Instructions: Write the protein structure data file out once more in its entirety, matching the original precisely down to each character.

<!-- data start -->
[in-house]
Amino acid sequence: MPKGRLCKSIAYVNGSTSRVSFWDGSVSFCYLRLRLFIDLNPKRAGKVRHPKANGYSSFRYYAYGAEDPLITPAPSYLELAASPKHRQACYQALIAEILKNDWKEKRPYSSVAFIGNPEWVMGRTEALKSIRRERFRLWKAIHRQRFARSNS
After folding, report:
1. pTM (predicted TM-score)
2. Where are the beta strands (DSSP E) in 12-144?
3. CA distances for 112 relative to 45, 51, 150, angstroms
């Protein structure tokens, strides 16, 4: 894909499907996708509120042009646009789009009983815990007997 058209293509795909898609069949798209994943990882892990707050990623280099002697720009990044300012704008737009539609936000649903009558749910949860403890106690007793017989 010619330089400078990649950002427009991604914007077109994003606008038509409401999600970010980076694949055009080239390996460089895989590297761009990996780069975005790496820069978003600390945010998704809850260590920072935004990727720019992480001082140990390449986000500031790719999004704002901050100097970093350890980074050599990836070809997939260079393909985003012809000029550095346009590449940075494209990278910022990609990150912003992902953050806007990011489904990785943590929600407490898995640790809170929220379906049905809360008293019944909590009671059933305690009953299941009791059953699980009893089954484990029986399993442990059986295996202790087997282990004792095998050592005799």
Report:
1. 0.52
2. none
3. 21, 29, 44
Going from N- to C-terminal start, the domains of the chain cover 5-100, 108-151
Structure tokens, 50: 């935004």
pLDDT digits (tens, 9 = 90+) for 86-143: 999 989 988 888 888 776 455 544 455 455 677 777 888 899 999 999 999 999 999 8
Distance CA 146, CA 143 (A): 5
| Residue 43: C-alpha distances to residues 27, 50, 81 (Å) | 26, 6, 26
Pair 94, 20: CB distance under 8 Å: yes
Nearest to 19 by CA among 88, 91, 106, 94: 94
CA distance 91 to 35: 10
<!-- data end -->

[in-house]
Amino acid sequence: MPKGRLCKSIAYVNGSTSRVSFWDGSVSFCYLRLRLFIDLNPKRAGKVRHPKANGYSSFRYYAYGAEDPLITPAPSYLELAASPKHRQACYQALIAEILKNDWKEKRPYSSVAFIGNPEWVMGRTEALKSIRRERFRLWKAIHRQRFARSNS
After folding, report:
1. pTM (predicted TM-score)
2. Where are the beta strands (DSSP E) in 12-144?
3. CA distances for 112 relative to 45, 51, 150, angstroms
């Protein structure tokens, strides 16, 4: 894909499907996708509120042009646009789009009983815990007997 058209293509795909898609069949798209994943990882892990707050990623280099002697720009990044300012704008737009539609936000649903009558749910949860403890106690007793017989 010619330089400078990649950002427009991604914007077109994003606008038509409401999600970010980076694949055009080239390996460089895989590297761009990996780069975005790496820069978003600390945010998704809850260590920072935004990727720019992480001082140990390449986000500031790719999004704002901050100097970093350890980074050599990836070809997939260079393909985003012809000029550095346009590449940075494209990278910022990609990150912003992902953050806007990011489904990785943590929600407490898995640790809170929220379906049905809360008293019944909590009671059933305690009953299941009791059953699980009893089954484990029986399993442990059986295996202790087997282990004792095998050592005799």
Report:
1. 0.52
2. none
3. 21, 29, 44
Going from N- to C-terminal start, the domains of the chain cover 5-100, 108-151
Structure tokens, 50: 């935004």
pLDDT digits (tens, 9 = 90+) for 86-143: 999 989 988 888 888 776 455 544 455 455 677 777 888 899 999 999 999 999 999 8
Distance CA 146, CA 143 (A): 5
| Residue 43: C-alpha distances to residues 27, 50, 81 (Å) | 26, 6, 26
Pair 94, 20: CB distance under 8 Å: yes
Nearest to 19 by CA among 88, 91, 106, 94: 94
CA distance 91 to 35: 10